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Facilitating Dialogue with Compassion

Facilitating Dialogue with Compassion

With the expected release of a video showing five police officers fatally beating a 29-year-old man in Memphis, it’s important for children and adults to be able to share how they’re feeling in a safe and productive way. Children might have questions or strong emotions about it, especially those who have experienced trauma. 

Students need the guidance and safety of adults in their schools to be able to navigate their own emotions and trauma. Classrooms are powerful places to help children process current events, provided educators create safe spaces for students. 

Engage with Open-Ended Questions

When engaging with staff and students, use open-ended questions, such as:

  • What are you curious about?
  • How are you feeling?
  • What needs to be discussed?
  • What terms did you hear that we might need to understand?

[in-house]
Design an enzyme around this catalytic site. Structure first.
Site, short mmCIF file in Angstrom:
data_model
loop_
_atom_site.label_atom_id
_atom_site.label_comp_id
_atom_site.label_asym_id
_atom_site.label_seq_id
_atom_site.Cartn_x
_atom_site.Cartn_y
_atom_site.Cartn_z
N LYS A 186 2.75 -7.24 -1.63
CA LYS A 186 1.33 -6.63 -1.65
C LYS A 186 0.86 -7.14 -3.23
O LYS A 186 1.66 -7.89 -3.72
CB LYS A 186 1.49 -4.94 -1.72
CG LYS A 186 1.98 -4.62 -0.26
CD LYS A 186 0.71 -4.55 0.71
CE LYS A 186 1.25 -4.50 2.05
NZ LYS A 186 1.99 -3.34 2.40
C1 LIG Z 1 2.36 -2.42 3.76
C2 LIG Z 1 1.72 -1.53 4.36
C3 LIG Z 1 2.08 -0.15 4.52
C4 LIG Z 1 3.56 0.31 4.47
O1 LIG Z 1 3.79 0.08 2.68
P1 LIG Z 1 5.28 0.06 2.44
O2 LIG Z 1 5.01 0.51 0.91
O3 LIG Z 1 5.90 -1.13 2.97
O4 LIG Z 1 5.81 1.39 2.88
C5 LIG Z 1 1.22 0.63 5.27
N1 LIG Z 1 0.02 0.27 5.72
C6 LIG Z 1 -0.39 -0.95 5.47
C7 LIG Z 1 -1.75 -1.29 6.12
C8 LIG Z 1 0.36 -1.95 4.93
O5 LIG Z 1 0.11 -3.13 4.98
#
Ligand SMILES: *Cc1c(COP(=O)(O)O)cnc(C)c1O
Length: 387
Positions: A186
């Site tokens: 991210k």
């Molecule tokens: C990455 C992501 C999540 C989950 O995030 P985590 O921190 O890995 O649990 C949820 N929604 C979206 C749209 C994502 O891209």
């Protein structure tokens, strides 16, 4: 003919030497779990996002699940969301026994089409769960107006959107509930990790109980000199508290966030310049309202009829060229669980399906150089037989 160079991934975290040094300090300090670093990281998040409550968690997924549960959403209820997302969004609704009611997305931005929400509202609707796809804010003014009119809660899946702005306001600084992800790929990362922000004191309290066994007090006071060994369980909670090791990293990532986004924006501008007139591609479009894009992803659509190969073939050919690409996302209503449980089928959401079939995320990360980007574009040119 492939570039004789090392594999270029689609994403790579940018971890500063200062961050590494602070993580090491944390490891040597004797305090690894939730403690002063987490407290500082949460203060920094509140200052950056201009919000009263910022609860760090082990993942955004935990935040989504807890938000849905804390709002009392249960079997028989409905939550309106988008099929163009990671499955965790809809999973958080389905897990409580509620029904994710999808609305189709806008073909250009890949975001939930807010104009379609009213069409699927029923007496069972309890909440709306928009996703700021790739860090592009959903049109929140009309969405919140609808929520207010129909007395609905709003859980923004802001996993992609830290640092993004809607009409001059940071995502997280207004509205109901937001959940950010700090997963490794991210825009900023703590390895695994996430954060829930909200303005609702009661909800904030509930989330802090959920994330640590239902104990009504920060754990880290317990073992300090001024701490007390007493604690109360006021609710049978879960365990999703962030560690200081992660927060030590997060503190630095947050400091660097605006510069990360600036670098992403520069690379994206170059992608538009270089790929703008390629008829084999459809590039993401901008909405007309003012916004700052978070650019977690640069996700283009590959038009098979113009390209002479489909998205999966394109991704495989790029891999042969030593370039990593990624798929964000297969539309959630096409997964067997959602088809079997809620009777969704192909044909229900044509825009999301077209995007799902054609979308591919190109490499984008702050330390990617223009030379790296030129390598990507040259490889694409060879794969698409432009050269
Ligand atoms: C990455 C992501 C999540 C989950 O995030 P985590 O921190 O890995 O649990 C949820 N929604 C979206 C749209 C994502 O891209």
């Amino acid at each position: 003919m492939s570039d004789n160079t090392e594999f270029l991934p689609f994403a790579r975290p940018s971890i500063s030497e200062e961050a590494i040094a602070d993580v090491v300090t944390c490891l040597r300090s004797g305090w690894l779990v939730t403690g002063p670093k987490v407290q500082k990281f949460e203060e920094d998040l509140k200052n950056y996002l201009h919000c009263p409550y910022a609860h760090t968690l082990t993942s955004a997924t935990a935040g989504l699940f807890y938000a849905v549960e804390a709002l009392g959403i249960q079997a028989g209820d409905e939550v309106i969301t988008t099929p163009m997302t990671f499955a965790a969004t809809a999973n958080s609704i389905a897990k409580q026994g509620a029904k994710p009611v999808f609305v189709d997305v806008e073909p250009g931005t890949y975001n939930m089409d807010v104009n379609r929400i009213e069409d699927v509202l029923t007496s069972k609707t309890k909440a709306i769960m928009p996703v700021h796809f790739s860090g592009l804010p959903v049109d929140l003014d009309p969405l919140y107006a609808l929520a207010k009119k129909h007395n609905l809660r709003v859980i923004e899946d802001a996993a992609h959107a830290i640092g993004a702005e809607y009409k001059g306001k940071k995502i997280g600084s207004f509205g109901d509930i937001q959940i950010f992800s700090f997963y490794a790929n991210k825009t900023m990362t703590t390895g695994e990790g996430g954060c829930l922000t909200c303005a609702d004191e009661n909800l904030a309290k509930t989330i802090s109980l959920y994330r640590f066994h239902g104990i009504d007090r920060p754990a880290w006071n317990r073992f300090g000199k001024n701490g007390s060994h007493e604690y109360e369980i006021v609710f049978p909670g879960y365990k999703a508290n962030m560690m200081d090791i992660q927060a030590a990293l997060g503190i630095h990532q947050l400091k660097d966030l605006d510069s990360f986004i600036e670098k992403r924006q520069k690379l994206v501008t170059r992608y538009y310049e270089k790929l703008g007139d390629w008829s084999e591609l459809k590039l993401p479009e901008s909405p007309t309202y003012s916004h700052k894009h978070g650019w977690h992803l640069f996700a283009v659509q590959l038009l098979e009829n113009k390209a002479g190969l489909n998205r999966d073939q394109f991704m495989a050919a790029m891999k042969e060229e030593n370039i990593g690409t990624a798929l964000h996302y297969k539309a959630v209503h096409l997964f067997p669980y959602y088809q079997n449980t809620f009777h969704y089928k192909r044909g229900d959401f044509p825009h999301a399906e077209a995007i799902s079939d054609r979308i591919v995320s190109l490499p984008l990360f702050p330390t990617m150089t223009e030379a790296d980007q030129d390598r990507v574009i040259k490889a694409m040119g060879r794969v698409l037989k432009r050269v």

• What might you need right now?

Help the Community Ground Itself


  • What do you value?
  • How will this help guide you?


  • What community do you have to support you?


  • What future do you want to build?


  • What has this situation taught you?
  • What has this situation taught you about the criminal justice system in America?
  • What has this situation taught you about people and communities?

Wellness and Mental Health Resources for Students, Adults 

SDCOE offers training and support related to school safety, school climate and culture, and student mental health and well-being. Learn more about student support topics, and find the training calendar.

The National Child Traumatic Stress Network provides resources that can be filtered by topic or keyword and by audience with a focus on how adults can identify traumatic responses in young people and how to support them. 


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